Please use this identifier to cite or link to this item: http://hdl.handle.net/10397/82306
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dc.contributorDepartment of Civil and Environmental Engineering-
dc.creatorDing, S-
dc.creatorWang, YW-
dc.creatorNi, YQ-
dc.creatorHan, BG-
dc.date.accessioned2020-05-05T05:59:30Z-
dc.date.available2020-05-05T05:59:30Z-
dc.identifier.issn0964-1726-
dc.identifier.urihttp://hdl.handle.net/10397/82306-
dc.language.isoenen_US
dc.publisherInstitute of Physics Publishingen_US
dc.rights© 2020 The Author(s)en_US
dc.rightsOriginal content from this work may be used under the terms of the Creative Commons Attribution 4.0 licence (https://creativecommons.org/licenses/by/4.0/). Any further distribution of this work must maintain attribution to the author(s) and the title of the work, journal citation and DOI.en_US
dc.rightsThe following publication Siqi Ding et al 2020 Smart Mater. Struct. 29 055013 is available at https://dx.doi.org/10.1088/1361-665X/ab79b9en_US
dc.subjectSelf-sensingen_US
dc.subjectCementen_US
dc.subjectSensoren_US
dc.subjectCarbon nanotubeen_US
dc.subjectModal identificationen_US
dc.subjectStructural health monitoringen_US
dc.titleStructural modal identification and health monitoring of building structures using self-sensing cementitious compositesen_US
dc.typeJournal/Magazine Articleen_US
dc.identifier.spage1-
dc.identifier.epage18-
dc.identifier.volume29-
dc.identifier.issue5-
dc.identifier.doi10.1088/1361-665X/ab79b9-
dcterms.abstractRecently self-sensing cementitious composite has demonstrated its strong potentiality for structural health monitoring of civil infrastructures because of its low-cost, long-term stability and compatibility with concrete structures. In this paper, we propose novel hybrid nanocarbon materials engineered cement-based sensors (HNCSs) with high-sensitivity, which are fabricated with self-sensing cementitious composites containing electrostatic self-assembled CNT/NCB composite fillers. The mechanical property and sensing performance of the HNCSs are pre-characterized under static and dynamic compressive loadings. The HNCSs are then integrated into a five-story building model via custom-made clamps to verify the feasibility for dynamic response measurements. Results show that the developed sensors have satisfactory mechanical property and excellent pressure-sensitive reproducibility and stability. With clamps holding on the building model, the HNCSs perform satisfactorily under sinusoidal excitations in the frequency range from 2 to 40 Hz. In addition, the modal frequencies and their changes of the building model caused by 'damage' simulated through adding additional masses identified by the HNCSs are favorably consistent with the counterparts acquired by accelerometers and strain gauges, indicating that the developed HNCSs have great potential for structural modal identification and damage detection applications.-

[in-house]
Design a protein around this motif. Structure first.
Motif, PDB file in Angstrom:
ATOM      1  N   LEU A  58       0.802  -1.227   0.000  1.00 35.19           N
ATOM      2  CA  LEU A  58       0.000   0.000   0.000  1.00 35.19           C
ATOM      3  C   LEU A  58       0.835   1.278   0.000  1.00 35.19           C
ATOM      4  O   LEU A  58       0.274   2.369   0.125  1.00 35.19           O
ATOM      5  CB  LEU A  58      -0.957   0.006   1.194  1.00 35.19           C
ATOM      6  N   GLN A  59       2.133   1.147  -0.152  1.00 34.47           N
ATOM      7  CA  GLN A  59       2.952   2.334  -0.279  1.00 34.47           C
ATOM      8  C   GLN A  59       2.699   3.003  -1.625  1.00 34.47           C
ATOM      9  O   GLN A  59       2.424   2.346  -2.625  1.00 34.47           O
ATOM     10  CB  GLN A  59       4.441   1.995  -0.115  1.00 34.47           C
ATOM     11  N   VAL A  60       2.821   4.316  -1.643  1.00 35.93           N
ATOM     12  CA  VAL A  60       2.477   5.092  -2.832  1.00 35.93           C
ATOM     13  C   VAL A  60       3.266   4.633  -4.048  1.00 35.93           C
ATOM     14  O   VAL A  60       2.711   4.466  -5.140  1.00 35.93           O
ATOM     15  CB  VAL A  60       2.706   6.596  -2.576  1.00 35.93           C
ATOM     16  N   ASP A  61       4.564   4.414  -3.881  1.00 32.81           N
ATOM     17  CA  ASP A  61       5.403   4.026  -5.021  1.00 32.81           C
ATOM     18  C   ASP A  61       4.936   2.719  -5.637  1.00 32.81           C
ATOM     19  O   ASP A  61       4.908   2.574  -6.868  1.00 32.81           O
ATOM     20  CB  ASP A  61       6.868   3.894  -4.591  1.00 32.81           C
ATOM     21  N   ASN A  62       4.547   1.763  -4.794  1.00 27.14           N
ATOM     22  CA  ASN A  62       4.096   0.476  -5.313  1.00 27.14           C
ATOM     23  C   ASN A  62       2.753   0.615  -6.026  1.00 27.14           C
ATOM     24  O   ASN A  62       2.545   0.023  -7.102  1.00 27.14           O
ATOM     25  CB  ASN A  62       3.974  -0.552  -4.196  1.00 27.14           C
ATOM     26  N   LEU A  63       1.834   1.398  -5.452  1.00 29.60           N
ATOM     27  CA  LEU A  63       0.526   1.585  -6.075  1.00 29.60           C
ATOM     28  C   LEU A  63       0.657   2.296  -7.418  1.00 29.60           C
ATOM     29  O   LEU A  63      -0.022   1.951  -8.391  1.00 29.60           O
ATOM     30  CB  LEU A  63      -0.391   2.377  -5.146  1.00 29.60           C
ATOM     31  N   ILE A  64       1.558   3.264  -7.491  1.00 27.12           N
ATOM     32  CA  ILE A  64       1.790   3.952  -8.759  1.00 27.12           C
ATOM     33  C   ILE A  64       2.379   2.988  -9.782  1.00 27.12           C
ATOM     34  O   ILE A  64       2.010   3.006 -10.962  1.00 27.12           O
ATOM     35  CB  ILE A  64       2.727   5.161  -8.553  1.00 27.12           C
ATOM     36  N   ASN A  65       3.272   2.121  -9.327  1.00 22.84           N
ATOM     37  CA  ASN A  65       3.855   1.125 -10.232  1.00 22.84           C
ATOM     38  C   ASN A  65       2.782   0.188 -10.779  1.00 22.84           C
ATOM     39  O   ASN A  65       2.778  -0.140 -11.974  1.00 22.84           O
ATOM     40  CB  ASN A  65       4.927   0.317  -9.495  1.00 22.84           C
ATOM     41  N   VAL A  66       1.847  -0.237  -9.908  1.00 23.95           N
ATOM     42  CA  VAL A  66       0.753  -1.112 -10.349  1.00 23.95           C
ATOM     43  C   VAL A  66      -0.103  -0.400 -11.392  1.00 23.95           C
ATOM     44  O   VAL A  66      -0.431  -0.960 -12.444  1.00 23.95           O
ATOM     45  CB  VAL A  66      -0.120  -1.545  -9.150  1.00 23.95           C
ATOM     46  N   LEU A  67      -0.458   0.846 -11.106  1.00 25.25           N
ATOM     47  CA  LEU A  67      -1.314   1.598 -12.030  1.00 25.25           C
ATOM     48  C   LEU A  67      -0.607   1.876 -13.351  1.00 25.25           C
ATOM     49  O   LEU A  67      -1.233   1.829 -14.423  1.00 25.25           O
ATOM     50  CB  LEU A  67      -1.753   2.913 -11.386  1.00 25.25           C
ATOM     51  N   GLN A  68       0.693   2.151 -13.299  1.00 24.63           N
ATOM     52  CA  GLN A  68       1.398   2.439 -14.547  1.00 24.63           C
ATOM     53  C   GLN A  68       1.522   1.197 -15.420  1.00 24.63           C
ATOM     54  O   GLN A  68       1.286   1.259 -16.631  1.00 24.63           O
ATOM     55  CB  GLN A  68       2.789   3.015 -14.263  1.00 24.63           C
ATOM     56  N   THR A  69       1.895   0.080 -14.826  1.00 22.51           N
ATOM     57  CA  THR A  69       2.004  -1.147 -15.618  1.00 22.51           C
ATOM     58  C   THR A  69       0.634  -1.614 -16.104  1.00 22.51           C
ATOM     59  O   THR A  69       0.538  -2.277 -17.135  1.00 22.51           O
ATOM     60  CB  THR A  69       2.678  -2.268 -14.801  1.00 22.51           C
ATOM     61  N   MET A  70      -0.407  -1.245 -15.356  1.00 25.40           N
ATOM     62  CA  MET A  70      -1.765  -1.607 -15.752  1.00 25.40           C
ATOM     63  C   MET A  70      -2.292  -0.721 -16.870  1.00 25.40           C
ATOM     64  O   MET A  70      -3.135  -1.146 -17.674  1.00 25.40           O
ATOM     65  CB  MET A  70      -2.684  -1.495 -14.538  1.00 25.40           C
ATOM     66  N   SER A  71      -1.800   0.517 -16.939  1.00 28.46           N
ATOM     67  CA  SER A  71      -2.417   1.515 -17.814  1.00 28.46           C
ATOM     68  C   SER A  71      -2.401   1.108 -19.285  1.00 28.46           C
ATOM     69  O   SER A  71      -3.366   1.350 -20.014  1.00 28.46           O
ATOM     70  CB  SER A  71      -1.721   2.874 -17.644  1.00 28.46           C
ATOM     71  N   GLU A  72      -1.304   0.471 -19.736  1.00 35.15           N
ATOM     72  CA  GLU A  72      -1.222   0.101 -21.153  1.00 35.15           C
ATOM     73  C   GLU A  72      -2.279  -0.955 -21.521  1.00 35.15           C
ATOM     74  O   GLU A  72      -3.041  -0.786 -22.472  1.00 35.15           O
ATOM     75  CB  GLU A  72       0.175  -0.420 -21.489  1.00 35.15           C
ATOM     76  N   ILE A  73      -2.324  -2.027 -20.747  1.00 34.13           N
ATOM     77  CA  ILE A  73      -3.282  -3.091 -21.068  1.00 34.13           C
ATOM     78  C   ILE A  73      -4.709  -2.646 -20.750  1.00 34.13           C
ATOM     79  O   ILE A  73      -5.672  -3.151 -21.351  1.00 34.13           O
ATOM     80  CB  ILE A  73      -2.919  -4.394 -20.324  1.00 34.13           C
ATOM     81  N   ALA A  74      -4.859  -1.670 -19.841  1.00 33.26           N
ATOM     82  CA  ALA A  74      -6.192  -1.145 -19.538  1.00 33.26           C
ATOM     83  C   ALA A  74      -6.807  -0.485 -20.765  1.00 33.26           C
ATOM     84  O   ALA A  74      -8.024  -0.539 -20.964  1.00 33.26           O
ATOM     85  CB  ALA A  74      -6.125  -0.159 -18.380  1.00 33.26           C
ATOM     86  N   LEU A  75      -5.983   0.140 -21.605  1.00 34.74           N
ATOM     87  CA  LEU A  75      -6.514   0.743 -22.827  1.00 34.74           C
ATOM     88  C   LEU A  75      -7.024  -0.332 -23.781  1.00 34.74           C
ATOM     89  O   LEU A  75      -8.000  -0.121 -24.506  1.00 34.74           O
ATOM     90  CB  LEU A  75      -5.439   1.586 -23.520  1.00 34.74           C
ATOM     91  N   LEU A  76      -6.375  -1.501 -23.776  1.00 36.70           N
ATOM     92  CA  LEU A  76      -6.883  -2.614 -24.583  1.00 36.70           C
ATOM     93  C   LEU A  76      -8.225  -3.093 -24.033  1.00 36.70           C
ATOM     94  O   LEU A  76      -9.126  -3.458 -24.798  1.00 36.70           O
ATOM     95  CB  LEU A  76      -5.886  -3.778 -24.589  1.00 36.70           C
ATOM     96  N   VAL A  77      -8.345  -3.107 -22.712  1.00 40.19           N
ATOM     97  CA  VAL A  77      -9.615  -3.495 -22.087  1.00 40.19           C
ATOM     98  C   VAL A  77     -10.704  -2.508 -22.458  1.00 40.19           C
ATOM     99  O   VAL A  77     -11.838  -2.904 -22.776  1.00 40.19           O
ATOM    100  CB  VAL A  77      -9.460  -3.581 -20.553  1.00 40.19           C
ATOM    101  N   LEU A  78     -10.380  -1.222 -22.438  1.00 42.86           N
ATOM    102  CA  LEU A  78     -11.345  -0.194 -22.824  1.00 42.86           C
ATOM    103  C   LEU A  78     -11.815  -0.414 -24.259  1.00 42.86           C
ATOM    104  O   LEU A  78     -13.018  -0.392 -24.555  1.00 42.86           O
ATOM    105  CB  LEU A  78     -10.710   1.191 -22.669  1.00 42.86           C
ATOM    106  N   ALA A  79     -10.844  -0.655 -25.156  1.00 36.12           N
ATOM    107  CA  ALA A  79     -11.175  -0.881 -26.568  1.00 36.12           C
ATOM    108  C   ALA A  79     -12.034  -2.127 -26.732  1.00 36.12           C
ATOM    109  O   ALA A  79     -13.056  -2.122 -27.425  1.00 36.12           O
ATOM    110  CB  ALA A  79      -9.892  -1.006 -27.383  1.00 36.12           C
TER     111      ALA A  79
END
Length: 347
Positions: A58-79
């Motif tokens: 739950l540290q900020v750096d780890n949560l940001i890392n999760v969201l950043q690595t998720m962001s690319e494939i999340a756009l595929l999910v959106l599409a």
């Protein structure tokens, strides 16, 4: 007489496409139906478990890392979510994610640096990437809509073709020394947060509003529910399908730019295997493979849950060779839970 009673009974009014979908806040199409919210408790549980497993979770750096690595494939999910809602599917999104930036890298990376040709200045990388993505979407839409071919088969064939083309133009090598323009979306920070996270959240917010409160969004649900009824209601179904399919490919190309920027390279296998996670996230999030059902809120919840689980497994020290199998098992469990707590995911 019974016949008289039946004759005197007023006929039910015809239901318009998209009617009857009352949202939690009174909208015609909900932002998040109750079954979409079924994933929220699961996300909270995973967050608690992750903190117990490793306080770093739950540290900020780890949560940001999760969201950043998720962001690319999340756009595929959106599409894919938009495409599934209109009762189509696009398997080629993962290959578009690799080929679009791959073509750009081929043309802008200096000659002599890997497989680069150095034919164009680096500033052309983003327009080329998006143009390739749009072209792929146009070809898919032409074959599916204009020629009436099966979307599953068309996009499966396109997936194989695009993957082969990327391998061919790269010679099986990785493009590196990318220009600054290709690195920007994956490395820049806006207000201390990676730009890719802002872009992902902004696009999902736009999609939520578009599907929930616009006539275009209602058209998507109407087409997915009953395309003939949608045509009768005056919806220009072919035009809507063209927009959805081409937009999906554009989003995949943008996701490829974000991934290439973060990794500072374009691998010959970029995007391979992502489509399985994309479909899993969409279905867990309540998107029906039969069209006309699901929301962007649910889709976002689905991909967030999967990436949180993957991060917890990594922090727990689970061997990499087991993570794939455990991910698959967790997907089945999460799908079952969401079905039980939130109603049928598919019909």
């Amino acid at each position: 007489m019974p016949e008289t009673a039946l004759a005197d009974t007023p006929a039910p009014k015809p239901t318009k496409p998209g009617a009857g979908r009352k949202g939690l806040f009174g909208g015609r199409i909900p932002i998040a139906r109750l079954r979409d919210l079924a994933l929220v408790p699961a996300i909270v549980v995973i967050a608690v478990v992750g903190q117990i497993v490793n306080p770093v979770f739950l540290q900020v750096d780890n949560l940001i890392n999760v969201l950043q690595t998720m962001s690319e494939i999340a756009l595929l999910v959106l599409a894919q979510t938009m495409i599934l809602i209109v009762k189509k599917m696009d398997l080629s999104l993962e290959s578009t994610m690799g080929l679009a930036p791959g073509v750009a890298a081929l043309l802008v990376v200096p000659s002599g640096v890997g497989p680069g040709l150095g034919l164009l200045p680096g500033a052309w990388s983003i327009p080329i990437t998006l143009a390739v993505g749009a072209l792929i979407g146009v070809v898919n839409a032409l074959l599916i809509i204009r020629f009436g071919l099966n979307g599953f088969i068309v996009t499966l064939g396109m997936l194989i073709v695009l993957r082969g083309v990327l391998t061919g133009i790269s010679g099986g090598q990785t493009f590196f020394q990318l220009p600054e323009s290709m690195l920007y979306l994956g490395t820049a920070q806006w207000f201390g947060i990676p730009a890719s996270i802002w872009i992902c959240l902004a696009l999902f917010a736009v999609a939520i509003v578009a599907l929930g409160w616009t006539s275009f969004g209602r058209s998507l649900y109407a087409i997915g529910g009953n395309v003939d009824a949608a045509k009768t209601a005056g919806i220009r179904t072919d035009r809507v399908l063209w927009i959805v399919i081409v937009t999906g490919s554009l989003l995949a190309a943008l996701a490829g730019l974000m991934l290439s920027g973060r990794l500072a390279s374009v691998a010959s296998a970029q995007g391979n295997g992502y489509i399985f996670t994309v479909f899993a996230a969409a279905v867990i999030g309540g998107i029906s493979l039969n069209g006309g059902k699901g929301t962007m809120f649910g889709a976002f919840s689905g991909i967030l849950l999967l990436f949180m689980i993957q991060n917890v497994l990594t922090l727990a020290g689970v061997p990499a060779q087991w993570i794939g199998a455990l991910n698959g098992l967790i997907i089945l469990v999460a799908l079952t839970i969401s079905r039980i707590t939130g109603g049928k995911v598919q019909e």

dcterms.accessRightsopen accessen_US
dcterms.bibliographicCitationSmart materials and structures, May 2020, v. 29, no. 5, 055013, p. 1-18-
dcterms.isPartOfSmart materials and structures-
dcterms.issued2020-05-
dc.identifier.isiWOS:000523408300001-
dc.identifier.scopus2-s2.0-85083174907-
dc.identifier.eissn1361-665X-
dc.identifier.artn55013-
dc.description.validate202006 bcrc-
dc.description.oaVersion of Recorden_US
dc.identifier.FolderNumbera0709-n14, OA_Scopus/WOSen_US
dc.identifier.SubFormID1092-
dc.description.fundingSourceRGC-
dc.description.fundingSourceOthers-
dc.description.fundingTextRGC: T22-502/18-R-
dc.description.fundingTextOthers: P0000125, K-BBY1-
dc.description.pubStatusPublisheden_US
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